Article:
Teach For America sounds like a good idea. Train young people to teach and send them to places where they are most needed. Places like rural areas or low income areas where nobody is willing to teach. Places like Chicago.
Wait, what? Chicago? The place that recently laid off over one thousand teachers? The place that closed a whole bunch of schools because of low attendance? Yep. Chicago signed a contract with TFA to add 325 new teachers this year while firing 1,000. Where is the sense in that?
Union busting, plain and simple. It’s brilliantly Machiavellian. Get a bunch of mostly idealistic highly privileged youth and sign them up with promises of changing the world for our most underserved citizens while bringing them in to localities that have a strong union presence and don’t need new teachers. This combination makes TFA almost immune to criticism. You can almost smell the righteous indignation in the air. “How dare you criticize me! I’m doing it for the children! We do a lot of good! Look at how well the kids are doing! Why do you hate the children?”
Look, this isn’t difficult. You can be performing a very visible societal good while at the same time performing an invisible societal evil with equally dire consequences. It’s easy to ignore the evil that you can’t see for the good that is right in front of your face day after day. What’s happening in Chicago is the best example of that generally hidden evil.
Teaching is one of those few jobs where two (or even one) years of experience makes a huge difference. No amount of schooling in the world can adequately prepare you for putting yourself in front of 30 kids for the first time. What’s happening in Chicago is the removal of one thousand union teachers who have that couple of years’ experience and replacing them with a couple hundred non-union rookies who have none. This is not in the best interests of the children.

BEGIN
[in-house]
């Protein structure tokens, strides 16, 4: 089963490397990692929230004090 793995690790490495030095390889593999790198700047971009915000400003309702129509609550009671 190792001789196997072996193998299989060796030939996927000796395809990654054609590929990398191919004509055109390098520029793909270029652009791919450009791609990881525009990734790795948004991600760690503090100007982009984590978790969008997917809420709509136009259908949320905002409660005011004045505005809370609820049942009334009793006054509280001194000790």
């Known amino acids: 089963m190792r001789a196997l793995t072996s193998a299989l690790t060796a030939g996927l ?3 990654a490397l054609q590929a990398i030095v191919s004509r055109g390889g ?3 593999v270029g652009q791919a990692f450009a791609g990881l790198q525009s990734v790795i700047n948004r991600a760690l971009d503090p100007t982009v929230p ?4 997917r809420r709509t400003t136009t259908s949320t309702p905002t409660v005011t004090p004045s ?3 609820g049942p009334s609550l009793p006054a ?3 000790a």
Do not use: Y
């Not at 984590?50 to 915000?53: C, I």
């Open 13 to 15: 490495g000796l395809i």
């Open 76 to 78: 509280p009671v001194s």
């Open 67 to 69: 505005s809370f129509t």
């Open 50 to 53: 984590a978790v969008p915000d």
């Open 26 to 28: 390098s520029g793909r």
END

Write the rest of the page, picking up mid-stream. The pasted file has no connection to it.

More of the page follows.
One of the major counter-arguments you will hear is that TFA is building for the future. Sure, these are new teachers, but they’re people who WANT to teach as opposed to teachers who are just doing it for a job. These TFA teachers often stay on after their two year contracts. That may be true, but they don’t want to stay in teaching in any greater frequency than their unionized counterparts. Plus, who’s to say that Chicago will decide to keep you? There’s already a precedence for firing experienced teachers and hiring TFA teachers. Why should that change?
There are many things wrong with how we educate our teachers. A teaching degree is filled with mindlessly wasteful courses only to be followed by a year of slave labor (aka, internships). Those things need to be fixed, but TFA is not the solution to the problem. The solution will likely look like this: Allow anyone with an advanced degree to be hired as a teacher at locally comparable cost of living wages and pair them with a rotation of experienced teachers to show them the ropes for a year. At the end of the year, the teachers vote on if you have what it takes to teach.
TFA does nothing to solve the various crises our school systems are suffering from. They only exacerbate the problem by allowing places like Chicago to bust unions and drive down already low teacher’s salaries. I can only hope that TFA gets morphed into something like I describe above because there is a lot to be gained by broadening the pool of available teachers but TFA is only succeeding at replacing the pool.